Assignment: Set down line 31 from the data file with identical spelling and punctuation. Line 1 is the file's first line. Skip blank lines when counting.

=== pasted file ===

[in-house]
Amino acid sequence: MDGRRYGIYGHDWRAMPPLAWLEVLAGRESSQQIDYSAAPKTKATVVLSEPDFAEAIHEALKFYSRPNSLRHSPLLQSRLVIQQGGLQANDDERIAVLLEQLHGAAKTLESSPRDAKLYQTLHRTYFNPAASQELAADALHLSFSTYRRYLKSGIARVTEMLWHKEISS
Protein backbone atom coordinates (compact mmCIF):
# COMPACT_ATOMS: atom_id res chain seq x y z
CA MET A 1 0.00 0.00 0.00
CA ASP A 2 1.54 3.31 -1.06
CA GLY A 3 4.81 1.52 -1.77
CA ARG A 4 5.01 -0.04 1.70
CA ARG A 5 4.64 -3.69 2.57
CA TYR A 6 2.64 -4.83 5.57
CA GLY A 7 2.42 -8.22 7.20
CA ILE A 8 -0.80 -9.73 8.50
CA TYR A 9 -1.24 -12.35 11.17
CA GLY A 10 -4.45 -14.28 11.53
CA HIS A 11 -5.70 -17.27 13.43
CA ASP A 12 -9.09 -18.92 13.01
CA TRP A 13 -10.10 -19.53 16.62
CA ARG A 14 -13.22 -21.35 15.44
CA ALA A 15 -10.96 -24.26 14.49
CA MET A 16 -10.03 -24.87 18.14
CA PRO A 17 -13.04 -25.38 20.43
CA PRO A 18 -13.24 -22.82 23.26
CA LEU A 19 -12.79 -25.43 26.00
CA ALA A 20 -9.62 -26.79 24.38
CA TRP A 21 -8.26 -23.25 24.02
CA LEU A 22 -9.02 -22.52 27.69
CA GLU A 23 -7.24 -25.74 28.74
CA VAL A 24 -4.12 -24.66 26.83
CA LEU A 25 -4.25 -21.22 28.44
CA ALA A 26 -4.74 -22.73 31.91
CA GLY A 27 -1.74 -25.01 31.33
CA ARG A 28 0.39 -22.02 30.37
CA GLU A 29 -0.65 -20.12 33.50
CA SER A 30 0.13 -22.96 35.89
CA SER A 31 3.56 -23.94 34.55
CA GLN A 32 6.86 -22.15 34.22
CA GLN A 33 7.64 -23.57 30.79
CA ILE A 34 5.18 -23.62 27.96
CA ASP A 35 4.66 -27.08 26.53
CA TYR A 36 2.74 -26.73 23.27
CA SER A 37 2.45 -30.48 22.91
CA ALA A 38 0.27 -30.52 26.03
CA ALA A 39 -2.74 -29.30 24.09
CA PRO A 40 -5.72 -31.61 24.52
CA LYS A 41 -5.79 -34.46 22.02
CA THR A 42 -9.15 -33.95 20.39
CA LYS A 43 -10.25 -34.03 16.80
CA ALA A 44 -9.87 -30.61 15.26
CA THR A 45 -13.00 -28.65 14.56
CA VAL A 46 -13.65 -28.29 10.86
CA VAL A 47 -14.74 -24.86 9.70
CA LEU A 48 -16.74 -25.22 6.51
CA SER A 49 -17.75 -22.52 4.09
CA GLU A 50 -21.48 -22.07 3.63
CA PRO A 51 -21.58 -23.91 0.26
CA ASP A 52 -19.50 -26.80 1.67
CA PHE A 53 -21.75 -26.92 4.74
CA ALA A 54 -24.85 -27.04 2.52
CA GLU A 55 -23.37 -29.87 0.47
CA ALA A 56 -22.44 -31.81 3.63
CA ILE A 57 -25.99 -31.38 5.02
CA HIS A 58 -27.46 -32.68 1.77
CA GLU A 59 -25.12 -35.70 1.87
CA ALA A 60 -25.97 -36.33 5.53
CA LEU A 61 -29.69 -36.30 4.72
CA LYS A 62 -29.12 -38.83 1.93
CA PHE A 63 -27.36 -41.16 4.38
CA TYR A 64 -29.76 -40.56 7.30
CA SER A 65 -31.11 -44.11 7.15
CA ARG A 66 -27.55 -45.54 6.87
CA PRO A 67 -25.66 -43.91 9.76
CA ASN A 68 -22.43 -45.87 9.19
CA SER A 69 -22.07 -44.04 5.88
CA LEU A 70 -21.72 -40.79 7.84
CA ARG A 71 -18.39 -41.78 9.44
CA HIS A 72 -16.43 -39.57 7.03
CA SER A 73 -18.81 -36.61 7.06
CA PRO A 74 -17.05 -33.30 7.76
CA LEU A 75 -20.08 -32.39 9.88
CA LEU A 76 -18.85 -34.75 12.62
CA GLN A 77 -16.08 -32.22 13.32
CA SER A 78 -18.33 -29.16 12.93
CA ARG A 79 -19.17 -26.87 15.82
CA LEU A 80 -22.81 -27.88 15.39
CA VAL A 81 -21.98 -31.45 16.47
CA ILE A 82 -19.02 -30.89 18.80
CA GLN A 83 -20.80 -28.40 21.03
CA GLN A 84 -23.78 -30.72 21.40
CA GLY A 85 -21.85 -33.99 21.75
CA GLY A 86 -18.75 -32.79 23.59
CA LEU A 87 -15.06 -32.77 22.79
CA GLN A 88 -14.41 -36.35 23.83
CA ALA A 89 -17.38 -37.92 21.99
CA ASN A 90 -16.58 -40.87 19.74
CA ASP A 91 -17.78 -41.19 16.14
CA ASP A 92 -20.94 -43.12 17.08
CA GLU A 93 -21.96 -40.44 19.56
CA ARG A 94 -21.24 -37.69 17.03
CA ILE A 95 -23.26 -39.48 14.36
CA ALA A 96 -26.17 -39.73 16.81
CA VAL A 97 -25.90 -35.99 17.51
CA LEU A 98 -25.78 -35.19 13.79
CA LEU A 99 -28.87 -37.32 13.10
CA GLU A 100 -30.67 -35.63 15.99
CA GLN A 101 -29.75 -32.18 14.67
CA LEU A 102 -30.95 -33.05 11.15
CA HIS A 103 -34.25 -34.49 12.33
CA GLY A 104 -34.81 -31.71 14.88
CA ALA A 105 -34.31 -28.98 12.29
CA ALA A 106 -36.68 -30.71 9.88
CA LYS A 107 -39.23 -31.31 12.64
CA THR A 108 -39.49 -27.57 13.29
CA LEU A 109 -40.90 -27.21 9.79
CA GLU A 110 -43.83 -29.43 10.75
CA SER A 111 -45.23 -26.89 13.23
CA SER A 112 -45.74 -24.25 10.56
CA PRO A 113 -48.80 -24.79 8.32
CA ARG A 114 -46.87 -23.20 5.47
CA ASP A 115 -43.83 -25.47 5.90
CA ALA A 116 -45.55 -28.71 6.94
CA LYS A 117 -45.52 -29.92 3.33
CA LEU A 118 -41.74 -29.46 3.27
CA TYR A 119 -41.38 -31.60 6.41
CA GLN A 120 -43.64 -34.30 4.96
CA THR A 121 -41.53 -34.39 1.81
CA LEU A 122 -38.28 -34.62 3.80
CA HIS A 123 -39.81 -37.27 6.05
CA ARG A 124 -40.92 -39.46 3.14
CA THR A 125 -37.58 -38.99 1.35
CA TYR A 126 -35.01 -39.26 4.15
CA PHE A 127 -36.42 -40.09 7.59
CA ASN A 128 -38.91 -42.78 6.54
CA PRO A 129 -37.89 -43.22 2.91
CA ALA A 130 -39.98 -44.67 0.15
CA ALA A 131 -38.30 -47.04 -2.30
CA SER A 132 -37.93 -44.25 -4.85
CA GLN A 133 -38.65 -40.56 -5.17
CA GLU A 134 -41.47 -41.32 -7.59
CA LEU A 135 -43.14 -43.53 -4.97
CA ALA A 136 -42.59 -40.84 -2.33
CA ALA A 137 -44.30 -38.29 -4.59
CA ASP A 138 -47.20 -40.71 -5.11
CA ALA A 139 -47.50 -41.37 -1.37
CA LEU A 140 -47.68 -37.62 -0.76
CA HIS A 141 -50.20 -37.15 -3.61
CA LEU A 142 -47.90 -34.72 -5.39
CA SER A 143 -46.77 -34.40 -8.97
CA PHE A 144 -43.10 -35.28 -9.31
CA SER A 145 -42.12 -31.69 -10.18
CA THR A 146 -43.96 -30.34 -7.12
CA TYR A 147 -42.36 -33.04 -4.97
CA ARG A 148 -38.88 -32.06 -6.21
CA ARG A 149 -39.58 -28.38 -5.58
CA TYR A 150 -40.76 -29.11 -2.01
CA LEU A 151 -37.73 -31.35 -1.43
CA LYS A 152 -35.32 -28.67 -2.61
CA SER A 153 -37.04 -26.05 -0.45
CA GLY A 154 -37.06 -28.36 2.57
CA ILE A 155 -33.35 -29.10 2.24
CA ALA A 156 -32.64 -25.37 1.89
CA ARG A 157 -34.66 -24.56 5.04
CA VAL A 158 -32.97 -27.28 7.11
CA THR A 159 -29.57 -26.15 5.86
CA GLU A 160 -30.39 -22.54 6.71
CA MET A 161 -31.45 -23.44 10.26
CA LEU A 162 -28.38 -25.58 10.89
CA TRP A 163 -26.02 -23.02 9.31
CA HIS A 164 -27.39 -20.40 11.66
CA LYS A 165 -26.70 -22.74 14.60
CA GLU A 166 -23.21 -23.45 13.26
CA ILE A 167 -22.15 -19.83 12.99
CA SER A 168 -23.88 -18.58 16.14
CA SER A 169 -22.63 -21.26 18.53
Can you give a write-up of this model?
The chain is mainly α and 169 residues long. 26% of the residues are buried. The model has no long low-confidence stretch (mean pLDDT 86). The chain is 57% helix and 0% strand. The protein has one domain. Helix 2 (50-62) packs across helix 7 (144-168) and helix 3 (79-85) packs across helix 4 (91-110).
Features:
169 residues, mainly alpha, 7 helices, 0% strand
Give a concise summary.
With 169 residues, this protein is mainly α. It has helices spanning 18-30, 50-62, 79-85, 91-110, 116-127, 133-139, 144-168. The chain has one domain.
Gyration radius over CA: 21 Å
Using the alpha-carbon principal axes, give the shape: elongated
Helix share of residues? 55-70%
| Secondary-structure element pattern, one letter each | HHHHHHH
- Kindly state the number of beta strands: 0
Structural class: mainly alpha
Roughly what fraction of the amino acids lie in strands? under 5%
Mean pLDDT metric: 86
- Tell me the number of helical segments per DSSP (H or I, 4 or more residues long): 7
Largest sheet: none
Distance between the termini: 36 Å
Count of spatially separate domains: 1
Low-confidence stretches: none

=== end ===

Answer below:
CA GLY A 27 -1.74 -25.01 31.33